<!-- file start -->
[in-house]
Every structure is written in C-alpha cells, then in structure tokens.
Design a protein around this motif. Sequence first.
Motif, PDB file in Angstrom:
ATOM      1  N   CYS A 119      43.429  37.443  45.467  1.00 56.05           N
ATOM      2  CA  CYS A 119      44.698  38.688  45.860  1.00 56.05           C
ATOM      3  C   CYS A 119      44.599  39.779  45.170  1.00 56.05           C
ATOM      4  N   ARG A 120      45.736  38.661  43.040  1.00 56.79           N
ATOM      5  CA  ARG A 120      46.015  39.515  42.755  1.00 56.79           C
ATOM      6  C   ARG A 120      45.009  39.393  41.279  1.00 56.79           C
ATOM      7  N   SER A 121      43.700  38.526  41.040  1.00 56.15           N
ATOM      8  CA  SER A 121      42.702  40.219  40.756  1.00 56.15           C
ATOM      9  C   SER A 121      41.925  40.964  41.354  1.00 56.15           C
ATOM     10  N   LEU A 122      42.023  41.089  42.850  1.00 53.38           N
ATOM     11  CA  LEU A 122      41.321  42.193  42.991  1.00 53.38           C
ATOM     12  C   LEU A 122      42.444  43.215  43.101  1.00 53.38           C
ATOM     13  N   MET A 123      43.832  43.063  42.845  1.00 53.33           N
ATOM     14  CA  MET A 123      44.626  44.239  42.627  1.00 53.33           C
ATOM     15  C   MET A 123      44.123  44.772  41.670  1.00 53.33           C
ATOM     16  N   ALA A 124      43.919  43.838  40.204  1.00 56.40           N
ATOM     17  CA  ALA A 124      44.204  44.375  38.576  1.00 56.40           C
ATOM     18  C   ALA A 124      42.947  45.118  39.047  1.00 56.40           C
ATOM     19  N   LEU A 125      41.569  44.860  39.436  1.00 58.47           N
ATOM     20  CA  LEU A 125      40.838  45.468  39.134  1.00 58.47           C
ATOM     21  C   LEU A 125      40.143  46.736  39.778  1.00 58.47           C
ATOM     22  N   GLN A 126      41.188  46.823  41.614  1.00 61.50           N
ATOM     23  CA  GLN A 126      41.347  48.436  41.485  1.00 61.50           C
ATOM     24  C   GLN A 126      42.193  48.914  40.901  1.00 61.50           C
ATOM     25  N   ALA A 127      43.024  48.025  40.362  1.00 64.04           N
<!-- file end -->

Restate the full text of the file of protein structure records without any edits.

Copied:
[in-house]
Every structure is written in C-alpha cells, then in structure tokens.
Design a protein around this motif. Sequence first.
Motif, PDB file in Angstrom:
ATOM      1  N   CYS A 119      43.429  37.443  45.467  1.00 56.05           N
ATOM      2  CA  CYS A 119      44.698  38.688  45.860  1.00 56.05           C
ATOM      3  C   CYS A 119      44.599  39.779  45.170  1.00 56.05           C
ATOM      4  N   ARG A 120      45.736  38.661  43.040  1.00 56.79           N
ATOM      5  CA  ARG A 120      46.015  39.515  42.755  1.00 56.79           C
ATOM      6  C   ARG A 120      45.009  39.393  41.279  1.00 56.79           C
ATOM      7  N   SER A 121      43.700  38.526  41.040  1.00 56.15           N
ATOM      8  CA  SER A 121      42.702  40.219  40.756  1.00 56.15           C
ATOM      9  C   SER A 121      41.925  40.964  41.354  1.00 56.15           C
ATOM     10  N   LEU A 122      42.023  41.089  42.850  1.00 53.38           N
ATOM     11  CA  LEU A 122      41.321  42.193  42.991  1.00 53.38           C
ATOM     12  C   LEU A 122      42.444  43.215  43.101  1.00 53.38           C
ATOM     13  N   MET A 123      43.832  43.063  42.845  1.00 53.33           N
ATOM     14  CA  MET A 123      44.626  44.239  42.627  1.00 53.33           C
ATOM     15  C   MET A 123      44.123  44.772  41.670  1.00 53.33           C
ATOM     16  N   ALA A 124      43.919  43.838  40.204  1.00 56.40           N
ATOM     17  CA  ALA A 124      44.204  44.375  38.576  1.00 56.40           C
ATOM     18  C   ALA A 124      42.947  45.118  39.047  1.00 56.40           C
ATOM     19  N   LEU A 125      41.569  44.860  39.436  1.00 58.47           N
ATOM     20  CA  LEU A 125      40.838  45.468  39.134  1.00 58.47           C
ATOM     21  C   LEU A 125      40.143  46.736  39.778  1.00 58.47           C
ATOM     22  N   GLN A 126      41.188  46.823  41.614  1.00 61.50           N
ATOM     23  CA  GLN A 126      41.347  48.436  41.485  1.00 61.50           C
ATOM     24  C   GLN A 126      42.193  48.914  40.901  1.00 61.50           C
ATOM     25  N   ALA A 127      43.024  48.025  40.362  1.00 64.04           N